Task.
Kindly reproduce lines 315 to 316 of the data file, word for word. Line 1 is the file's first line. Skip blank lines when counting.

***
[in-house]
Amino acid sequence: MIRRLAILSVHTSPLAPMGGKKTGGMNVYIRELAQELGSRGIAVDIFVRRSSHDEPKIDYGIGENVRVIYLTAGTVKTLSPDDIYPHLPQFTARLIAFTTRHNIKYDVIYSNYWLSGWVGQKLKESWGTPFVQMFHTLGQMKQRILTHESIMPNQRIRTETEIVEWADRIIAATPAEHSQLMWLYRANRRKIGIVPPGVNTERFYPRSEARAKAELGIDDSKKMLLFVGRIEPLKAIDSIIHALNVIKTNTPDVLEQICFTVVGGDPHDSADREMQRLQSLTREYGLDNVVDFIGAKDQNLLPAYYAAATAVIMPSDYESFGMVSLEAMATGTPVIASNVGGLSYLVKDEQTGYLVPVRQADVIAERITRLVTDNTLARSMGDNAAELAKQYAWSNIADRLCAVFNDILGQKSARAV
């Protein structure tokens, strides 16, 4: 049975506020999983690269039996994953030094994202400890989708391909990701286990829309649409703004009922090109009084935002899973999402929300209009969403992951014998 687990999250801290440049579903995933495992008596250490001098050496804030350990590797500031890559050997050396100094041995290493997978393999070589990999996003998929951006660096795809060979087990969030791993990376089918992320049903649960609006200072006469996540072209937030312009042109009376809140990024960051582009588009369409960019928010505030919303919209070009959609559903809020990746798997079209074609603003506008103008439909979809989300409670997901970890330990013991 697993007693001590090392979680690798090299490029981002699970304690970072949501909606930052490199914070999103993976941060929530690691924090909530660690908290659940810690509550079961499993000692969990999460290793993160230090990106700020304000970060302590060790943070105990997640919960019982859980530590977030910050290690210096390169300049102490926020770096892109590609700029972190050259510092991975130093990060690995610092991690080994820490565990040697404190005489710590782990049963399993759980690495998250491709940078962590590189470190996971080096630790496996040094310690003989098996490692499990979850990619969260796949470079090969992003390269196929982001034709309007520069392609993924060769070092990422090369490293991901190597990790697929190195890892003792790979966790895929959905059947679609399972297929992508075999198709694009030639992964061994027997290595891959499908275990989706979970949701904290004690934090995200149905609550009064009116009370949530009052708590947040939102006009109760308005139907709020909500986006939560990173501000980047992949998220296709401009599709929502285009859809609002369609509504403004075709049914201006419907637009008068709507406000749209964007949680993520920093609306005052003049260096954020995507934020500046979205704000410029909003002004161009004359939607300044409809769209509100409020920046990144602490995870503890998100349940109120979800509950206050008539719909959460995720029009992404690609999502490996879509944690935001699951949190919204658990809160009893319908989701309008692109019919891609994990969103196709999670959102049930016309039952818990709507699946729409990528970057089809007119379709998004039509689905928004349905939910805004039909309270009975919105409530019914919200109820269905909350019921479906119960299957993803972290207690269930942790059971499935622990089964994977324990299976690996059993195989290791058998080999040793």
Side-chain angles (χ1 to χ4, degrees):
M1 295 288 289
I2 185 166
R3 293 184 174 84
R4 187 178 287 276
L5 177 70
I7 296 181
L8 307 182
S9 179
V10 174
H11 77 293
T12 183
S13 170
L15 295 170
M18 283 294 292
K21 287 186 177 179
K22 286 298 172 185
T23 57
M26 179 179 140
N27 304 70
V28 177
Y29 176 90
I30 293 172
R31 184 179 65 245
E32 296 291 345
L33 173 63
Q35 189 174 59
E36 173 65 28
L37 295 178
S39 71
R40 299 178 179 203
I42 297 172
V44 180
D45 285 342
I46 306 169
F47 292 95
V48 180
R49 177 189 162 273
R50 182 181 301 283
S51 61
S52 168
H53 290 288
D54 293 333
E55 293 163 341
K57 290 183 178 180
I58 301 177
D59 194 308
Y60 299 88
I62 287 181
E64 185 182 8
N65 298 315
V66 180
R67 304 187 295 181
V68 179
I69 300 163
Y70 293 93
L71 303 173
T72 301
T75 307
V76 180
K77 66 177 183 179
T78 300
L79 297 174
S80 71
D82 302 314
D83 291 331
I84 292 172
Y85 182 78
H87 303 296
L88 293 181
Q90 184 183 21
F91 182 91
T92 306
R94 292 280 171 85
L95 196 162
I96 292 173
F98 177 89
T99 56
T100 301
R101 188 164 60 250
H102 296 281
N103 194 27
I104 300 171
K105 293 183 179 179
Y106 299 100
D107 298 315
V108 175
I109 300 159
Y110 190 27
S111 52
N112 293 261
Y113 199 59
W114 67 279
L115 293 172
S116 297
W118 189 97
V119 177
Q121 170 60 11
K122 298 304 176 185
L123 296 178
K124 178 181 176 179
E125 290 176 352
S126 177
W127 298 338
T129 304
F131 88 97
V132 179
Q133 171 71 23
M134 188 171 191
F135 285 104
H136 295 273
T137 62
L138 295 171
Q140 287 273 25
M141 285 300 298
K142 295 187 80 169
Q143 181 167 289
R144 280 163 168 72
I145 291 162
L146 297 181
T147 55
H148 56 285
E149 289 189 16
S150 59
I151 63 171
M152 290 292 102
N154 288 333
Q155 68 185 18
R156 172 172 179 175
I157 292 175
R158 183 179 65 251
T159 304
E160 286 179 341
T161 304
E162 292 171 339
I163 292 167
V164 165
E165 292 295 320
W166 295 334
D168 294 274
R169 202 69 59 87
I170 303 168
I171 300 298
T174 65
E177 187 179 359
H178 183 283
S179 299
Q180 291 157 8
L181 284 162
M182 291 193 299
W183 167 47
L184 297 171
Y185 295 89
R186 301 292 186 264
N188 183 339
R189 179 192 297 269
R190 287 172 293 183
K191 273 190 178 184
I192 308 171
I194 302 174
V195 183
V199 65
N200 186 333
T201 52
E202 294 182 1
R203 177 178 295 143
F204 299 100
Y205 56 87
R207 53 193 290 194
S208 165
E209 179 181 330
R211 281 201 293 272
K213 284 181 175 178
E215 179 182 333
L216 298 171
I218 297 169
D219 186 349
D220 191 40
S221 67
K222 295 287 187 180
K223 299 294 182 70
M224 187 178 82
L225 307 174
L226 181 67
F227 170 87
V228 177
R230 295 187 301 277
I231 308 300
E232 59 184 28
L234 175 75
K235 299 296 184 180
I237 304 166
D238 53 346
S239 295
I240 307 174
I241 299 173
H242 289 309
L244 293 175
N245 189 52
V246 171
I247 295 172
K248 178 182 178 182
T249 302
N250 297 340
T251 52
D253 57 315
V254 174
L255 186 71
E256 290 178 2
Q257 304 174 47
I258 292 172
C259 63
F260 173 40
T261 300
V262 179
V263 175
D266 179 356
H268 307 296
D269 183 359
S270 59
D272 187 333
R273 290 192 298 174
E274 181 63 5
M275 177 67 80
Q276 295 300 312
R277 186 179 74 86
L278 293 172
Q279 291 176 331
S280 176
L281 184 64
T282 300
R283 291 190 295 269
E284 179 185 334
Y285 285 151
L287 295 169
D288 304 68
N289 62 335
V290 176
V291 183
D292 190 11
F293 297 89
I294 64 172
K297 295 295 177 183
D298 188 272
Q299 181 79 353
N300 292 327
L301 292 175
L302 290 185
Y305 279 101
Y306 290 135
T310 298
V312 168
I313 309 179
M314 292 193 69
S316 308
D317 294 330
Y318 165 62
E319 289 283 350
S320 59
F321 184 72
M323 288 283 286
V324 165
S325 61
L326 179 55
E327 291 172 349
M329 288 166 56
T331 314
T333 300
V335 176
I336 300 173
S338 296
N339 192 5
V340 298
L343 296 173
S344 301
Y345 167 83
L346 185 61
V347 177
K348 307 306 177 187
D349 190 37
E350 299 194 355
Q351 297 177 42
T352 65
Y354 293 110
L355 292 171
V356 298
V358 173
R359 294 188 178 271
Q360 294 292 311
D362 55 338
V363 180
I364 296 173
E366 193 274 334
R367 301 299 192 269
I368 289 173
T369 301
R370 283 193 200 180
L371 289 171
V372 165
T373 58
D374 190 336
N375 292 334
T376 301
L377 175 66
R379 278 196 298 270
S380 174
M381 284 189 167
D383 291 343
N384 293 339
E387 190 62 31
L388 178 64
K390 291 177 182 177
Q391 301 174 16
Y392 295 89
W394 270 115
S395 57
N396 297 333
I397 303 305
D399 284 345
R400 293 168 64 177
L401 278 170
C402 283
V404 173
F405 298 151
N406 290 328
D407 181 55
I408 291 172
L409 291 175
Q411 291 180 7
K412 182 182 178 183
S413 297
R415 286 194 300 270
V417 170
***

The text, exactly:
K390 291 177 182 177
Q391 301 174 16